Pulmonary embolism is a blood clot in the lung. When it happens, a clot usually found in another part of your body - like your leg or pelvis - can break free and get stuck in an artery in your lungs. This obstructs blood flow, making it harder for your lungs to provide oxygen to the rest of your body.
Pulmonary embolism can cause symptoms such as:
Sudden chest pain is often accompanied by shortness of breath.
Shortness of breath without pain is a sign that something is wrong.
When you have a cold, you may produce blood-streaked sputum.
Rapid heartbeat with shortness of breath
A blood clot in one leg is the only cause of a swollen leg.
If you have any symptoms of a pulmonary embolism, such as chest pain, seek emergency medical help right away. This can be life-threatening.
Aortic dissection is a tear in the inner layer of the aorta. When this tear becomes big enough, blood rushes into it and causes the inner and middle layers to separate (dissect). This is a life-threatening condition that needs urgent treatment.If you get hurt, go to the hospital.
Typical signs and symptoms include:
Severe chest or upper back pain is often described as a pain that feels like it is tearing, ripping, or shearing. This pain can also affect the neck or down the back.
Loss of consciousness (fainting)
Shortness of breath
If you experience sudden difficulty speaking, loss of vision, or paralysis on one side of your body, it might be a sign of a stroke.
One arm has a weaker pulse than the other does.
If you are experiencing any of these signs or symptoms, it could be a sign that you have an aortic dissection or another serious condition.If you are experiencing a medical emergency, go to the nearest emergency room.
Pneumonia can sometimes be accompanied by pleurisy.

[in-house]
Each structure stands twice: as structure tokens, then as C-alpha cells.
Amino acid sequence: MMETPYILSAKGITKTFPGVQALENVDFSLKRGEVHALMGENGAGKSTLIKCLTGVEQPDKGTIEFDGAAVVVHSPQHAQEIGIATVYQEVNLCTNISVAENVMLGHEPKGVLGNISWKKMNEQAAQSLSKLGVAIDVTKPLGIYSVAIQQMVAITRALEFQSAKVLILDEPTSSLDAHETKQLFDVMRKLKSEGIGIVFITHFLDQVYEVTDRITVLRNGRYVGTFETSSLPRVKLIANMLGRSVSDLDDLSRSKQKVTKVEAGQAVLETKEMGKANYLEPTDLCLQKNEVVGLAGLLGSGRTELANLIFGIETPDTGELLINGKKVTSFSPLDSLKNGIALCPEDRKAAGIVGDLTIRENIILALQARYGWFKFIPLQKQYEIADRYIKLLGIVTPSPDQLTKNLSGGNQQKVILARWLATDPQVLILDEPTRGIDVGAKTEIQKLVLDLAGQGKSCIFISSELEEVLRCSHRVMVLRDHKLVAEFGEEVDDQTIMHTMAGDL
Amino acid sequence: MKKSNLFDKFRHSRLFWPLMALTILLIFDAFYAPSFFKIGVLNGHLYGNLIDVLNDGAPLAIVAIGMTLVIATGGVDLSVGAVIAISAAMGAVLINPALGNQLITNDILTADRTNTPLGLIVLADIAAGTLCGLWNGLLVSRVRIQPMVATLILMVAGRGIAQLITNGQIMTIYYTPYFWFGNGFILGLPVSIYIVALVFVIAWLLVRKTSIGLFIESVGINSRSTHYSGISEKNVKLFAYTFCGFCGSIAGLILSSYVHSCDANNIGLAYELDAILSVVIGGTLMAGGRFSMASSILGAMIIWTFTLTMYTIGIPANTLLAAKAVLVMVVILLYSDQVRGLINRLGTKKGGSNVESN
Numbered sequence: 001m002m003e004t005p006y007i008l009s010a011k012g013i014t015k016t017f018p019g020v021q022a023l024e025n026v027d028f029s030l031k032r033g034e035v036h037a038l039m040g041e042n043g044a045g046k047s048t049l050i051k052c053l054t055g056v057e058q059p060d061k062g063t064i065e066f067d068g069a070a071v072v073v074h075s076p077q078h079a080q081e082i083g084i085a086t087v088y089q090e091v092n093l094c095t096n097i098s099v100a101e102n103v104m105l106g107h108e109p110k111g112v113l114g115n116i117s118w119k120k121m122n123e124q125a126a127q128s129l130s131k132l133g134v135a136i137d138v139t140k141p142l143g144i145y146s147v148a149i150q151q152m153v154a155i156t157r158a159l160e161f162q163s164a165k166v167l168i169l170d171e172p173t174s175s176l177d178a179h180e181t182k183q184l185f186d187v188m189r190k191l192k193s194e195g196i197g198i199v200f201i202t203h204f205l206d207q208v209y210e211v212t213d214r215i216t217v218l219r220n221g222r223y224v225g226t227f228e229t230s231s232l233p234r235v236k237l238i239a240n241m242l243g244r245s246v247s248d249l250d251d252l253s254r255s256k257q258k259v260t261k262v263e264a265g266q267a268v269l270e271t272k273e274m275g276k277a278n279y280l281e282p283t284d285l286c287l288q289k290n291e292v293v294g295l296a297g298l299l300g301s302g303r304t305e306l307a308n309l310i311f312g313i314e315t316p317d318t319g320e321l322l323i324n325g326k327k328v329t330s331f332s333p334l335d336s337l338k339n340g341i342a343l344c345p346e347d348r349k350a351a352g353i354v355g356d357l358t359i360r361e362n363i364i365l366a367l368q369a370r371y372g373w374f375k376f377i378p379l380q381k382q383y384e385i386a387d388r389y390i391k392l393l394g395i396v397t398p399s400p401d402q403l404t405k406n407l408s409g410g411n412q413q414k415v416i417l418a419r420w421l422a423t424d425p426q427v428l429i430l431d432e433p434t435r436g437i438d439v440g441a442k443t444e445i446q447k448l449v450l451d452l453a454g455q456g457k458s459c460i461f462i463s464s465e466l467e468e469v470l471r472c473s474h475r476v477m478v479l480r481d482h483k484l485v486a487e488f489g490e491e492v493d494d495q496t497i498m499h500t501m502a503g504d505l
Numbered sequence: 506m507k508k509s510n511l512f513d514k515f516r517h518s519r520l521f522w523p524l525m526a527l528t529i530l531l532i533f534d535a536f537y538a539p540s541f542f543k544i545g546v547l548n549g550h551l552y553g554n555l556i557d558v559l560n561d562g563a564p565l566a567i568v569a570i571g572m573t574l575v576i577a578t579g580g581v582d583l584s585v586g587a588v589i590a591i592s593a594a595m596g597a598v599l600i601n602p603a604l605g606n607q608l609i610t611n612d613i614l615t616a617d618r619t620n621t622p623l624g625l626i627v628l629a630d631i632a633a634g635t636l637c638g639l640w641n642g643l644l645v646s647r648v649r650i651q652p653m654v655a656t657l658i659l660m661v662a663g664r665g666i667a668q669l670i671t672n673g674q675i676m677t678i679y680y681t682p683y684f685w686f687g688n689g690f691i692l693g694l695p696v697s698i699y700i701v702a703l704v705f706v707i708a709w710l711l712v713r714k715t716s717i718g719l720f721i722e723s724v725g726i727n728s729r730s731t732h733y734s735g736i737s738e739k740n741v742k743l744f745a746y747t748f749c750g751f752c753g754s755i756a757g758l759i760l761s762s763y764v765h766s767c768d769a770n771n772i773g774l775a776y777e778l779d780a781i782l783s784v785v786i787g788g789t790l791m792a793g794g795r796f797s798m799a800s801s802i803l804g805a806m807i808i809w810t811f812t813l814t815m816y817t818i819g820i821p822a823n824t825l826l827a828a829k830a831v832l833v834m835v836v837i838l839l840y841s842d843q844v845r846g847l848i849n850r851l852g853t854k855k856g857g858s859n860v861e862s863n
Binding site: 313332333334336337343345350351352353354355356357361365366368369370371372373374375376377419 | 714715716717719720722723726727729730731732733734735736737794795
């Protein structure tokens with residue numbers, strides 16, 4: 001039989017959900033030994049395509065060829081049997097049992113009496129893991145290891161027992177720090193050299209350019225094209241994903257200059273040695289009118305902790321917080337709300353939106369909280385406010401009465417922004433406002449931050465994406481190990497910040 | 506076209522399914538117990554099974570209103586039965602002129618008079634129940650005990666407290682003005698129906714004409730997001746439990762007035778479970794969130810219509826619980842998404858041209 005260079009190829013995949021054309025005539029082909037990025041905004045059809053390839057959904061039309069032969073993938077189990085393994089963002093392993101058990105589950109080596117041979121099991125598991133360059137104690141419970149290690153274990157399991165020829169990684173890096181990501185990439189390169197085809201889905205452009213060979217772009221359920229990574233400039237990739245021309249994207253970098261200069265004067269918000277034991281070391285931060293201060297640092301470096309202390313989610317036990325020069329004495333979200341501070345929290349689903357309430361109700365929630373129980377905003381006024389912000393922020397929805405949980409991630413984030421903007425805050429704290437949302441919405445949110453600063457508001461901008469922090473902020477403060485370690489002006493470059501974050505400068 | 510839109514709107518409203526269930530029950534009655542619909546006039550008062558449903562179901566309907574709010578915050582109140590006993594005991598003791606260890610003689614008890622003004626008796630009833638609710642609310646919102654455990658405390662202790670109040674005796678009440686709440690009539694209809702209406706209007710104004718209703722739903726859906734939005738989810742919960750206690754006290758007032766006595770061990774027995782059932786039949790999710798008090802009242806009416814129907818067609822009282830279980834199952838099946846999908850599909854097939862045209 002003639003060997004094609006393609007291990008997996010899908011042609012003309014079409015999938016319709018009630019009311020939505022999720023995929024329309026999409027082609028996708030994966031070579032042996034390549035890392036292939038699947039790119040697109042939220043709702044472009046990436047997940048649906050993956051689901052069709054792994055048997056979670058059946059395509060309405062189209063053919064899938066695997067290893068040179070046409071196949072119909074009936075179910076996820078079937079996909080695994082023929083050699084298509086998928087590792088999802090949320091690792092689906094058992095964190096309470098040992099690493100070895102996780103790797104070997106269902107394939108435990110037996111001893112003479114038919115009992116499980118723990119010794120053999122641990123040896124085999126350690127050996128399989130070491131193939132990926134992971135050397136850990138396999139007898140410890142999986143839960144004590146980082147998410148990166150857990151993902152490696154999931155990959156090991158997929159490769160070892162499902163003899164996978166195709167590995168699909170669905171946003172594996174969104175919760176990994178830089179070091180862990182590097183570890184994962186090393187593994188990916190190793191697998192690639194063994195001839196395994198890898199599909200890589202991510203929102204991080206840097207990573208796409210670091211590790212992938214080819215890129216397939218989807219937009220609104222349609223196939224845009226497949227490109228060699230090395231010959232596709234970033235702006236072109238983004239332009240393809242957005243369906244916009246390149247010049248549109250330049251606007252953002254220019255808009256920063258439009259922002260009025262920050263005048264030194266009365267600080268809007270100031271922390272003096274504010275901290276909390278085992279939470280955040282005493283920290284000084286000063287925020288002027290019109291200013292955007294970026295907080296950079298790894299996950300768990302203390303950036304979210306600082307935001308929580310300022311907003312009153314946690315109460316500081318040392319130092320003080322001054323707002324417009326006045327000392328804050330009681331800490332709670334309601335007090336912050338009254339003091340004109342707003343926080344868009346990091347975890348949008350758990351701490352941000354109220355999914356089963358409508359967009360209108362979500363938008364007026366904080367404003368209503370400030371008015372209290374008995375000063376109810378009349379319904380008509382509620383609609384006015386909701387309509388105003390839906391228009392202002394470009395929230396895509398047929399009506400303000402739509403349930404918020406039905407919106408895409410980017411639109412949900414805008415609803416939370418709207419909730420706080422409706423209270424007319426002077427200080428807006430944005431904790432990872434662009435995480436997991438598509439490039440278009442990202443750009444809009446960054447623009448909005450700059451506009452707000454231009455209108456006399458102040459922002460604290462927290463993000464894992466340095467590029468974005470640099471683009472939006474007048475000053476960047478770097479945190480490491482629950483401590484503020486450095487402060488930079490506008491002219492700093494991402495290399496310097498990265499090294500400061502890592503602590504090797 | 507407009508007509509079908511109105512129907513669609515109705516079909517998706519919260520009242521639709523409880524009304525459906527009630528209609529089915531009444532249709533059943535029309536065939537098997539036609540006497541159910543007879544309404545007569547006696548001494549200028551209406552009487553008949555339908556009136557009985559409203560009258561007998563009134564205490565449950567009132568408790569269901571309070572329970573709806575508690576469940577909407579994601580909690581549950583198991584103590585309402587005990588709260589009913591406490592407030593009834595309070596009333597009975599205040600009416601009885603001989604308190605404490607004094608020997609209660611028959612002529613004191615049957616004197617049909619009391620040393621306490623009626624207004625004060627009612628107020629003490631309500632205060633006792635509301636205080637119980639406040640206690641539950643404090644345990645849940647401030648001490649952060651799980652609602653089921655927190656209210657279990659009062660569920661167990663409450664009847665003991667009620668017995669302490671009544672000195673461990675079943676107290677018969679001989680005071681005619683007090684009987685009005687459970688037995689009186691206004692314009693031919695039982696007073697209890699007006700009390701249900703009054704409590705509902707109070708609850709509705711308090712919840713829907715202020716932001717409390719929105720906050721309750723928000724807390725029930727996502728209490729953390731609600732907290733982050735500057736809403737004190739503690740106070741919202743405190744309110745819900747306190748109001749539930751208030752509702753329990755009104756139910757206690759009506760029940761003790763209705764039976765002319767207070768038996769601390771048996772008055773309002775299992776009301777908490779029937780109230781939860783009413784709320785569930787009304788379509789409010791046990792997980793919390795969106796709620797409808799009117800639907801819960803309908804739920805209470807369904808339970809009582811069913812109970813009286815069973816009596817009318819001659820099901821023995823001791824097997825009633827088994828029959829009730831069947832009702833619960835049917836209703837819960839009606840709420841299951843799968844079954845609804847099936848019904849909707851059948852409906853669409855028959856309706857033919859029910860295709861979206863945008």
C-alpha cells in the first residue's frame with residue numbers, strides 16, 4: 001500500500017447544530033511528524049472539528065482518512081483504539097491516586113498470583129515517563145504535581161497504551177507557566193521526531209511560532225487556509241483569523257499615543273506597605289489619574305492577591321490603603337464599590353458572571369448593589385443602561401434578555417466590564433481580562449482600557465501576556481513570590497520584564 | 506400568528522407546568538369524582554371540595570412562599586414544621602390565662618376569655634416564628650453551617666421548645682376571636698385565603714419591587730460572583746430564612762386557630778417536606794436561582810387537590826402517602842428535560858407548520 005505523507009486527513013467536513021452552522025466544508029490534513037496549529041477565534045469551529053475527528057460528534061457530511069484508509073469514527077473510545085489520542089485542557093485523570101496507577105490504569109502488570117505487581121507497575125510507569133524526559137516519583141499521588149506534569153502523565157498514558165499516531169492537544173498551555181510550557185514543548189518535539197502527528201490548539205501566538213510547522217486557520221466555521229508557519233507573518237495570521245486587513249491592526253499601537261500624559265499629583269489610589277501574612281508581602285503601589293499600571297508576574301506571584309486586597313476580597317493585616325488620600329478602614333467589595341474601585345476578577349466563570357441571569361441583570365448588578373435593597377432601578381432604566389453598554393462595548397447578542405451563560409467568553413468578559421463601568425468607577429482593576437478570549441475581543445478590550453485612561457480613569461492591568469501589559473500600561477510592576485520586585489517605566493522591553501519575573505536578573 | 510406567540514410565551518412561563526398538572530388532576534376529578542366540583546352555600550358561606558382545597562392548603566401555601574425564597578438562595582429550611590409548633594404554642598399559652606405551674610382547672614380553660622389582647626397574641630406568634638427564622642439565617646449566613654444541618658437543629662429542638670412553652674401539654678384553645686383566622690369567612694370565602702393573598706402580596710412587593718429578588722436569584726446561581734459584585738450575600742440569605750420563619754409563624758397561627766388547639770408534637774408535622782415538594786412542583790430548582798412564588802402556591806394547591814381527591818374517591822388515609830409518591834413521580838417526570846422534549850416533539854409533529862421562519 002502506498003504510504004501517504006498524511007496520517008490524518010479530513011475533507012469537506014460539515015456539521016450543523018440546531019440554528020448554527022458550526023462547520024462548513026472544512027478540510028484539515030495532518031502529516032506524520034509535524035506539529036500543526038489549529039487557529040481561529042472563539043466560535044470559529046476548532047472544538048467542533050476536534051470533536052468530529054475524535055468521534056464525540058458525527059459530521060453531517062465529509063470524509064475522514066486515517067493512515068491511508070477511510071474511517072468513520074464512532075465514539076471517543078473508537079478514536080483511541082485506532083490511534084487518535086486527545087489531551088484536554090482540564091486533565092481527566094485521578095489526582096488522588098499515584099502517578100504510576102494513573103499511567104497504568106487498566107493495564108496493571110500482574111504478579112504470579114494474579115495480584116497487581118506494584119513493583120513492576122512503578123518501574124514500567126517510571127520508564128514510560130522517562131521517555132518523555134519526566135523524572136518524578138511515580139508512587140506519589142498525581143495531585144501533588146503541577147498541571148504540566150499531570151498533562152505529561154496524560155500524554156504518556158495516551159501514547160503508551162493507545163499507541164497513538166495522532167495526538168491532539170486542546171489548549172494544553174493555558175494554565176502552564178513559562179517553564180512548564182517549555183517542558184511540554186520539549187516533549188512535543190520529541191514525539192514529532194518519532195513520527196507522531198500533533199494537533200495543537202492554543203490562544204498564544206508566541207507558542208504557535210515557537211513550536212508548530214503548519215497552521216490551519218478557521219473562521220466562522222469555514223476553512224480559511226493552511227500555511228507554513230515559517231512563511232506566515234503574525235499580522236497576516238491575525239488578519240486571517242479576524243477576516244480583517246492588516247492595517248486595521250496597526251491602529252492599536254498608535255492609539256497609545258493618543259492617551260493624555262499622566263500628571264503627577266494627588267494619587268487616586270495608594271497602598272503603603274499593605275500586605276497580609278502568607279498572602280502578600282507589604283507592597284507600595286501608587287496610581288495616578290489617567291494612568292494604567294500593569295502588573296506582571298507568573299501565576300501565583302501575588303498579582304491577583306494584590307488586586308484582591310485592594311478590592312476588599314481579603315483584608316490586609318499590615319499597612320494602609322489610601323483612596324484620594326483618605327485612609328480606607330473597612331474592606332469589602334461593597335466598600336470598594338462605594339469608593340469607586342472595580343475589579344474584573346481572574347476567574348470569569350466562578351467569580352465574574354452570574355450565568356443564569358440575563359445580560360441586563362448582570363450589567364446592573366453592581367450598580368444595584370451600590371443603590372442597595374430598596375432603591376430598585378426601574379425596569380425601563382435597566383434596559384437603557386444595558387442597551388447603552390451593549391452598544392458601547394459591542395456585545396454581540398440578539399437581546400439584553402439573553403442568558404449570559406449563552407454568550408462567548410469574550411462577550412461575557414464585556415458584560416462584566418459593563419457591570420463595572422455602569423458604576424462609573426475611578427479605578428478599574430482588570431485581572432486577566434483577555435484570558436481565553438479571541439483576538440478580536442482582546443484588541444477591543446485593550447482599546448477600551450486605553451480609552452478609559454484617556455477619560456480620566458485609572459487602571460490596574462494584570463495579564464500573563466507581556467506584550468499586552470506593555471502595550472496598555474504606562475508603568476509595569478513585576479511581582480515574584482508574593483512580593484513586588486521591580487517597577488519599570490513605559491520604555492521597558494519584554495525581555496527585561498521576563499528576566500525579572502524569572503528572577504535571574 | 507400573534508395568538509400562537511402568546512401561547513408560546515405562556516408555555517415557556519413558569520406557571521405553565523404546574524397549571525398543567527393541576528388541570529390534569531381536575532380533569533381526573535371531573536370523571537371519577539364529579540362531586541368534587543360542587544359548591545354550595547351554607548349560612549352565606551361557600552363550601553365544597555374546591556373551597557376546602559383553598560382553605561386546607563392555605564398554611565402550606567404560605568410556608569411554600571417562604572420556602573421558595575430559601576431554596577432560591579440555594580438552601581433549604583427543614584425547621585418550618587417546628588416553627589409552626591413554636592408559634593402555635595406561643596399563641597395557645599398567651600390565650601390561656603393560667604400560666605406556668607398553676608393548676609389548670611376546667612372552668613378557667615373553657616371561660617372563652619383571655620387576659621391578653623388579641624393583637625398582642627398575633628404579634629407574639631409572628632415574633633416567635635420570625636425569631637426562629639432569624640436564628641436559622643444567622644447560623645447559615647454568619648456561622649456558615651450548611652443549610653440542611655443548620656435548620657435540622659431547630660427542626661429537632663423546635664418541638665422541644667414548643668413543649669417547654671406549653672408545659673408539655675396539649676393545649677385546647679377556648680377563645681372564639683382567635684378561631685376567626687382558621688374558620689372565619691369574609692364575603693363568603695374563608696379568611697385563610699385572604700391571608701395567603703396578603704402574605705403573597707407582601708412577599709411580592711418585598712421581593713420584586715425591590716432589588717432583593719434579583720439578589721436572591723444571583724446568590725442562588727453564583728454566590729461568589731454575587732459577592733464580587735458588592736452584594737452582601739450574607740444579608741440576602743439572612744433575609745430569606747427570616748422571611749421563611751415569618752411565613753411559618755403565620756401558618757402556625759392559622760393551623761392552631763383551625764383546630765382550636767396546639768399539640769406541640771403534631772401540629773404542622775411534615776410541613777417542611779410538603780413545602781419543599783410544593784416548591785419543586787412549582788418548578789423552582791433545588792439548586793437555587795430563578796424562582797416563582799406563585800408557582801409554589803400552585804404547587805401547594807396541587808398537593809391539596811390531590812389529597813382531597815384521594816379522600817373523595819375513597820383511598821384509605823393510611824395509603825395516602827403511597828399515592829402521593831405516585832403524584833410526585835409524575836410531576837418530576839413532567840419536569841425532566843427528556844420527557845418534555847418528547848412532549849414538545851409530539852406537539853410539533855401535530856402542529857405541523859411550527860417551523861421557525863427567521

Pneumonia is a condition that causes signs and symptoms such as chest pain, chills, fever, and a cough that may produce bloody or foul-smelling sputum. Pleurisy is an inflammation of the membranes that surround the lungs (pleura). It can cause chest pain when you take a breath or when you cough.
Pleurisy pain is usually relieved temporarily by holding your breath or pressing on the painful area of your chest.
If you have recently been diagnosed with pneumonia, and start having symptoms of pleurisy (such as chest pain), contact your doctor. Pleurisy is not an emergency, but you should not try to make the diagnosis yourself.
Pericarditis is swelling and irritation of the thin saclike tissue that surrounds your heart. This can cause pain in the chest that gets worse when you cough, sit upright, or take a deep breath.
If pericarditis is mild, it usually goes away without any treatment. If pericarditis is more severe, you may need medication or rarely surgery.
If you experience sudden unexplained chest pain, seek emergency medical help. It can be difficult to tell the difference between sudden pericarditis and a heart attack- if you experience this type of pain, go to the hospital.
Chest wall pain
Chest pain is a type of muscle pain. Bruised chest muscles can cause harmless pain in the chest.
Costochondritis is a type of chest pain that causes pain and tenderness in and around the cartilage that connects your ribs to your breastbone.
If you often experience pain in the area near your breastbone, it's likely that you have costochondritis. If you touch the area gently and the pain is mild, then it's unlikely that you have a serious condition such as a heart attack.
When to see a doctor
People often go to the doctor because they have chest pain. This can be due to anxiety, indigestion, infection, muscle strain, or heart or lung problems.
If you are experiencing chest pain that you have not experienced before or if the cause of the pain is unknown, seek help from a doctor. If you think you are having a heart attack, call 911 or your local emergency number. Do not attempt to diagnose your own chest pain or ignore it. Your treatment will depend on the specific cause of the pain.